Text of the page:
In one specific embodiment, the phosphorus compound is mixed with a gelling agent before admixing with the alumina hydrosol. It is preferred that said alumina hydrosol contain the active catalytic component of the first or second discrete catalyst. Commingling of the alumina hydrosol, containing said active catalytic component, with the phosphorus-gelling agent mixture is effected by any suitable means. The resultant admixture is dispersed as droplets in a suspending medium under conditions effective to transfrom said droplets into hydrogel particles.
The gelling agent is typically a weak base which, when mixed with the hydrosol, will cause the mixture to set to a gel within a reasonable time. In this type of operation, the hydrosol is typically coagulated by utilizing ammonia as a neutralizing or setting agent. Usually, the ammonia is furnished by an ammonia precursor which is added to the hydrosol. The precursor is suitably hexamethylenetetramine, or urea, or mixtures thereof, although other weakly basic materials which are substantially stable at normal temperatures, but decompose to form ammonia with increasing temperature, may be suitably employed. It has been found that equal volumes of the hydrosol and of the hexamethylenetetramine solution to alumina sol solution are satisfactory, but it is understood that this may vary somewhat. The use of a smaller amount of hexamethylenetetramine solution tends to result in soft spheres while, on the other hand, the use of larger volumes of base solution results in spheres which tend to crack easily. Only a fraction of the ammonia precursor is hydrolyzed or decomposed in the relatively short period during which initial gelation occurs.
An aging process is preferably subsequently employed. During the aging process, the residual ammonia precursor retained in the spheroidal particles continues to hydrolyze and effect further polymerization of the hydrogel whereby desirable pore characteristics are established. Aging of the hydrogel is suitably accomplished over a period of from about 1 to about 24 hours, preferably in the oil suspending medium, at a temperature of from about 60° to about 150° C. or more, and at a pressure to maintain the water content of the hydrogel spheres in a substantially liquid phase. The aging of the hydrogel can also be carried out in aqueous NH3 solution at about 95° C. for a period up to about 6 hours. Following the aging step, the hydrogel spheres may be washed with water containing ammonia.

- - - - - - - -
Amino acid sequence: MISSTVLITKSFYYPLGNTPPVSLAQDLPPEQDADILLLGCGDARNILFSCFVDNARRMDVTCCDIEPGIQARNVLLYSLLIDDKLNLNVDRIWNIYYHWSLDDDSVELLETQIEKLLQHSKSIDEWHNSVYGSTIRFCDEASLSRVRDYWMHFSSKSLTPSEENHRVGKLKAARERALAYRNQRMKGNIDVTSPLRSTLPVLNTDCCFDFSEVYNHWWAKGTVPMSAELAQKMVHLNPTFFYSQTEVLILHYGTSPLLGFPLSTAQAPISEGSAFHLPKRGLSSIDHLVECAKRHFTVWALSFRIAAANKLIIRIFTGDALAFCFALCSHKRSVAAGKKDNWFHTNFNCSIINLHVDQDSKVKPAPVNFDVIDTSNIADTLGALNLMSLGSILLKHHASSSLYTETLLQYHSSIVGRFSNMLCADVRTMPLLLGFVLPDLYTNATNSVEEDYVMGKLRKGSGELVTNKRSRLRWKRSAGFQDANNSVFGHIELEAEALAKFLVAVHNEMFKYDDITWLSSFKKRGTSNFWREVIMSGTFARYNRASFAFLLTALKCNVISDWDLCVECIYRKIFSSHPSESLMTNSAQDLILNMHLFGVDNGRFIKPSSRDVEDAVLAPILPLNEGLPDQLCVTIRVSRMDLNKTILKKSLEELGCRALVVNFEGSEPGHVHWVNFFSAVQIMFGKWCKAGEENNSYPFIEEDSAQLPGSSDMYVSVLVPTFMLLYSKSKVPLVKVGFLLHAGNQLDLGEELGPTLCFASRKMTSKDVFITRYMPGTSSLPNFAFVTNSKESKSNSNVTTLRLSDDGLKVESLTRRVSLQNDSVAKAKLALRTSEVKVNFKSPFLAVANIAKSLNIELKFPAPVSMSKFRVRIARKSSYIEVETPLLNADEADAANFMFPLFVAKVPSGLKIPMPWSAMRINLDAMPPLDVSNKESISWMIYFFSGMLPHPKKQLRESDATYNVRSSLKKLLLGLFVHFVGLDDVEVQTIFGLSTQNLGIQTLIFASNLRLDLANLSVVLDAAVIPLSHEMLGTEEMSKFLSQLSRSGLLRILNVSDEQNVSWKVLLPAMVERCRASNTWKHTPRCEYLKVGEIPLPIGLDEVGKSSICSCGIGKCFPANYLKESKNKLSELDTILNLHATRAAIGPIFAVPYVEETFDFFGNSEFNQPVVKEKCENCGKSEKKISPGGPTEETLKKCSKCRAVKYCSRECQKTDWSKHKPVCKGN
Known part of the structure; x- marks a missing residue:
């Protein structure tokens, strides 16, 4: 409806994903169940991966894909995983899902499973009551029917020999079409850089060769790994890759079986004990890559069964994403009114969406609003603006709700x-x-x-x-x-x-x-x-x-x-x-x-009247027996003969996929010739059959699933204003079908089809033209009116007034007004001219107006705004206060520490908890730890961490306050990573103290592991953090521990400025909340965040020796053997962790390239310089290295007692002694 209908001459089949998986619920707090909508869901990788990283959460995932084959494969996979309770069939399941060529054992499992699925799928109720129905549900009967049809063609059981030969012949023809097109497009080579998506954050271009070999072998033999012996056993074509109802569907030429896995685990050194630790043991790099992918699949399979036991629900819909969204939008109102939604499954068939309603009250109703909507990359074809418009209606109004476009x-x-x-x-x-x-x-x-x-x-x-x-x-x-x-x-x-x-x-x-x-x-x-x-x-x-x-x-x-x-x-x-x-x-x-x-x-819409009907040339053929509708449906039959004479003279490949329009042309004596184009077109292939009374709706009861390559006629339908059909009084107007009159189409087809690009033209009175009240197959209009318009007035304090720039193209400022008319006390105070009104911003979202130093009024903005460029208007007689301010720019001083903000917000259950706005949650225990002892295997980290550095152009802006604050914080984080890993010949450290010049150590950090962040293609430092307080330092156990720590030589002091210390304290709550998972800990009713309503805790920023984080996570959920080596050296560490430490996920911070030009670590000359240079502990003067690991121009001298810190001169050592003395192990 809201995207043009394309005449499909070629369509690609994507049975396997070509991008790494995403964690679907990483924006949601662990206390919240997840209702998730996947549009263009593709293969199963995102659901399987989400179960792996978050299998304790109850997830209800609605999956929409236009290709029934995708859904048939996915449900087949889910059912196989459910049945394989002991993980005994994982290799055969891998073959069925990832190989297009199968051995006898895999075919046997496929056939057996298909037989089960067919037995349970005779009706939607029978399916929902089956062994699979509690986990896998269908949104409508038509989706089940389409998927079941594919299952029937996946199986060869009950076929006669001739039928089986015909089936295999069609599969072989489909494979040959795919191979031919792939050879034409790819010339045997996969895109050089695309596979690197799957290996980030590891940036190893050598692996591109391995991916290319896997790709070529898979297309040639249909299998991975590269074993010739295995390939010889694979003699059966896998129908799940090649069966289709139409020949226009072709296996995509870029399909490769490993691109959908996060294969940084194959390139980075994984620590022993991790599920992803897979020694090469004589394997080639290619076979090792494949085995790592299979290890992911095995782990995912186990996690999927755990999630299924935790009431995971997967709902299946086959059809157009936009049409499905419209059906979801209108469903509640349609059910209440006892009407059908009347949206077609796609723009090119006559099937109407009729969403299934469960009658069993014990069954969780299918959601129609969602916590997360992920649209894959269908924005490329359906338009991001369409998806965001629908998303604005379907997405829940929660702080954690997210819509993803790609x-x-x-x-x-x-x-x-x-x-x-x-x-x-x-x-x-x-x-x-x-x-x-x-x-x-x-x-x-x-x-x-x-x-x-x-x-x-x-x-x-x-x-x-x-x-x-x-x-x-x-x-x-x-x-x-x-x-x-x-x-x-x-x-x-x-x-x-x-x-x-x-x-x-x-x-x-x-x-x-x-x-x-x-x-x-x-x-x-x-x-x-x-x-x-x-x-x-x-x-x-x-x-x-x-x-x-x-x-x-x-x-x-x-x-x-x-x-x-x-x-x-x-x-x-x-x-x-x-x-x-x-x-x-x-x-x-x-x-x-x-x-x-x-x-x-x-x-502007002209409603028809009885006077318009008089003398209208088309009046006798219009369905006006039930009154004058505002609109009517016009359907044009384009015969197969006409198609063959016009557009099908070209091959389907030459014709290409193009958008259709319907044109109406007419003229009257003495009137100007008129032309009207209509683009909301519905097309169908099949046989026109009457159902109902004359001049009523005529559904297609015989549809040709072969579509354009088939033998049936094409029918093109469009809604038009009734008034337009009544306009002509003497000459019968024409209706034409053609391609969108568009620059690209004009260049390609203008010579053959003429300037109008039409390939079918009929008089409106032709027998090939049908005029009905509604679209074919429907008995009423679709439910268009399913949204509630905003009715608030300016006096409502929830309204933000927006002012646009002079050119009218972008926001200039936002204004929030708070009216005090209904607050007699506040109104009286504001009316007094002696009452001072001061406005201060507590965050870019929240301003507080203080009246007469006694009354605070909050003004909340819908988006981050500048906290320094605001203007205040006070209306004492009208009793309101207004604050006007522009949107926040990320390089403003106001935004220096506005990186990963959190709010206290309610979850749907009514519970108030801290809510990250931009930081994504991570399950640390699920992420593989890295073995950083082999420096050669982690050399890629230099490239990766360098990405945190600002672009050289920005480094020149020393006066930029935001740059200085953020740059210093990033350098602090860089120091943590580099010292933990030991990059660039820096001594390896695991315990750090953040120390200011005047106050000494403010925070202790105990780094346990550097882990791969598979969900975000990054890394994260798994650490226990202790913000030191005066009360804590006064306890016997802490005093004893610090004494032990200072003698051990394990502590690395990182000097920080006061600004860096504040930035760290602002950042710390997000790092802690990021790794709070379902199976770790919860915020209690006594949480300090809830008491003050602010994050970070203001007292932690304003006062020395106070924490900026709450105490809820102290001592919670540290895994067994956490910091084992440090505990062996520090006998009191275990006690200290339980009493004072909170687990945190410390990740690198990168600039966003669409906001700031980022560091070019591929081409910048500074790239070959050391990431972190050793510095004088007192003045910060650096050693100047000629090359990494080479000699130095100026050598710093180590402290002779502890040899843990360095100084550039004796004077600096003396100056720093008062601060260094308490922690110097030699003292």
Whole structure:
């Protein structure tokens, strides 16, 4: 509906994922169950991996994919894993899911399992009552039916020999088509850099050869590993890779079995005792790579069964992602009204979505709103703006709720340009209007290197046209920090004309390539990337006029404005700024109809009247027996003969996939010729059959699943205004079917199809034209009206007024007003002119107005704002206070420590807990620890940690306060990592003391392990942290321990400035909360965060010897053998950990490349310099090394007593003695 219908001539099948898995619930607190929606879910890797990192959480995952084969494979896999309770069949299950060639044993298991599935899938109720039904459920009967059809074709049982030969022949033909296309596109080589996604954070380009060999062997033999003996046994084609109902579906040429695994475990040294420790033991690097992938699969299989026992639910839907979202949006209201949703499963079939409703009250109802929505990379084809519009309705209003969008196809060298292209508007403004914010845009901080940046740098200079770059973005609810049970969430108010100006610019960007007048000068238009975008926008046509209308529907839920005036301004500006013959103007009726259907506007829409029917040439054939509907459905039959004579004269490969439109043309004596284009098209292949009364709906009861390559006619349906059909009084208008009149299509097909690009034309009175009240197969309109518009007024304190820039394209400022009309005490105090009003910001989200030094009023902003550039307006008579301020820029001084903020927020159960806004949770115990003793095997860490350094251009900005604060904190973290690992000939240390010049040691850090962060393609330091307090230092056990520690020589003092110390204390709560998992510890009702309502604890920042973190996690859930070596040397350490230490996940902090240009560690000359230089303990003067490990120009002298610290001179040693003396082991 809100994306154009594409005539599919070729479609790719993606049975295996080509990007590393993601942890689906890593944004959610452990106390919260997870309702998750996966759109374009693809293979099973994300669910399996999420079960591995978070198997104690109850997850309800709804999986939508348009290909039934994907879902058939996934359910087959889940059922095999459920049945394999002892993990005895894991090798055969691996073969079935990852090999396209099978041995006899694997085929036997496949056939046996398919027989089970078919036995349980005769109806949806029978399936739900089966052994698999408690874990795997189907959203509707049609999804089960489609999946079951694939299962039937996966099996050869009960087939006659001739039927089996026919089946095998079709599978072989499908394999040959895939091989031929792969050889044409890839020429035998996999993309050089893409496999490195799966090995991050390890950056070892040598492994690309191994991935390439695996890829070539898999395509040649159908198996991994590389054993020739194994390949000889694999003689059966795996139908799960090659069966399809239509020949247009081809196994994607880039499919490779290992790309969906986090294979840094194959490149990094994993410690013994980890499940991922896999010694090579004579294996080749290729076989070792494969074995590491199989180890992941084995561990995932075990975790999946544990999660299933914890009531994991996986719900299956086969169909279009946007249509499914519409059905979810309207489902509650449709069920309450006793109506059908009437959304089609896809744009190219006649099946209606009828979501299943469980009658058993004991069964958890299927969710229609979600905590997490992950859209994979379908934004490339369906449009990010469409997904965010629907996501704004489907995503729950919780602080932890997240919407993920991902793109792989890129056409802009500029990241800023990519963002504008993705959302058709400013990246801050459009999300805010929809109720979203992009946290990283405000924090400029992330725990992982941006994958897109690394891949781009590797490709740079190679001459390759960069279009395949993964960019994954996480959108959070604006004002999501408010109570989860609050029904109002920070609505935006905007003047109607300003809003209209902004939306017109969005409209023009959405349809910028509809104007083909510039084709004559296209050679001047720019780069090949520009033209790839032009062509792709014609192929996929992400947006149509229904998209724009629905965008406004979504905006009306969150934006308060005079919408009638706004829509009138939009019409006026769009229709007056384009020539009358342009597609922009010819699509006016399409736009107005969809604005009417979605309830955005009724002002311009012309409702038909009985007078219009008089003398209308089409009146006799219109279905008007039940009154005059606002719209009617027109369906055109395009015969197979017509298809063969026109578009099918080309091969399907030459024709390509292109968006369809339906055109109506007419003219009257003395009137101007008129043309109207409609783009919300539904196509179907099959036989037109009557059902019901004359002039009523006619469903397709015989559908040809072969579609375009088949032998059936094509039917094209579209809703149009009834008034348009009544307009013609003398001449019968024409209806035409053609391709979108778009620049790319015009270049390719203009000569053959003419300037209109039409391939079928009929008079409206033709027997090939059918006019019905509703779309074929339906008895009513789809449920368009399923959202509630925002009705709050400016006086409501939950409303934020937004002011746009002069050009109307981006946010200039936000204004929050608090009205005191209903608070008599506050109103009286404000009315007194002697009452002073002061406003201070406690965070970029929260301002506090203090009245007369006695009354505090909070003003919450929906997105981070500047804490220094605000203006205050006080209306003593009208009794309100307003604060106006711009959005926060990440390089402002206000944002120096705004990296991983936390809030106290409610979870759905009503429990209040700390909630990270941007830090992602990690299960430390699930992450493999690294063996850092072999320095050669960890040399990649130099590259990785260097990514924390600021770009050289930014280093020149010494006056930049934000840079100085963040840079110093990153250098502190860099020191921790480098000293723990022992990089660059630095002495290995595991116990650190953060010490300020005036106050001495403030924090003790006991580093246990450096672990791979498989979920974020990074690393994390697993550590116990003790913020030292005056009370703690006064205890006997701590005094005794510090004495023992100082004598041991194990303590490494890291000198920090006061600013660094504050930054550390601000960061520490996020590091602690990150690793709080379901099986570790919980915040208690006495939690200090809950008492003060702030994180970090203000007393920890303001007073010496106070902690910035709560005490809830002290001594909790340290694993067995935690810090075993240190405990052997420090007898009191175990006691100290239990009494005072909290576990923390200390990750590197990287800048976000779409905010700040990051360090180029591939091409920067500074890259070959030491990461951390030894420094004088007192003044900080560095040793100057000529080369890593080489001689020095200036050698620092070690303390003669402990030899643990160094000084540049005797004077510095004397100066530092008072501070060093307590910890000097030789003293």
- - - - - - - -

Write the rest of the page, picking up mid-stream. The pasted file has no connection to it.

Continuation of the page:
The phosphorus-containing alumina component of the two discrete catalysts of the present invention may also contain minor proportions of other well-known inorganic oxides such as silica, titanium dioxide, zirconium dioxide, tin oxide, germanium oxide, chromium oxide, beryllium oxide, vanadium oxide, cesium oxide, hafnium oxide, zinc oxide, iron oxide, cobalt oxide, magnesia, boria, thoria, and the like materials which can be added to the hydrosol prior to dropping.
As mentioned previously, the first and second discrete catalysts of the instant invention both may contain a metal component selected from the elements of Groups IIB-IVB of the Periodic Table of the Elements. This metal component may be present in any form including elemental metal, oxide, hydroxide, halide, oxyhalide, aluminate, or in chemical combination with one or more of the other ingredients of the catalytic composite. Although it is not intended to restrict the present invention by this explanation, it is believed that the best results are obtained when the metal component is present in the composite in the zero valency state. This metal component can be used in any amount which is catalytically effective with good results obtained, on an elemental basis, with about 0.1 to about 5% of the metal component by weight of the total catalytic composite. Best results are ordinarily achieved with about 0.5 to 1 wt.% of the metal component, calculated on an elemental basis. Although not a necessary condition of the present invention, it is believed that a substantial portion of the metal present in the catalyst composite is located in and/or on the active catalytic component of the discrete catalysts. It is a preferred embodiment of the present invention that when present in either discrete catalyst that the Group IIB-IVB metal component comprise gallium.
The optional gallium component may be incorporated in the catalytic composite in any suitable manner known to the art to result in a relatively uniform dispersion of the gallium, such as, by ion exchange, cogelation, or impregnation either after, before, or during the compositing of the catalyst formulation. Additionally, the gallium component of the first and/or second discrete catalyst may be surface impregnated such that the majority of the gallium is located on the outer portion of the catalyst particle, by means such as a low acid impregnation, by chemical complexing, or by pore blockage prior to impregnation of the gallium. It is to be noted that it is intended to include within the scope of the present invention all conventional methods for incorporating and simultaneously distributing either uniformly or non-uniformly a metallic component in a catalytic composite and the particular method of incorporation used is not deemed to be an essential feature of the present invention. A preferred method of incorporating the gallium involves ion exchange of the active catalytic component with a soluble, decomposable compound of gallium, such as, gallium tribromide, gallium perchlorate, gallium trichloride, gallium hydroxide, gallium nitrates, gallium oxalate, and the like compounds.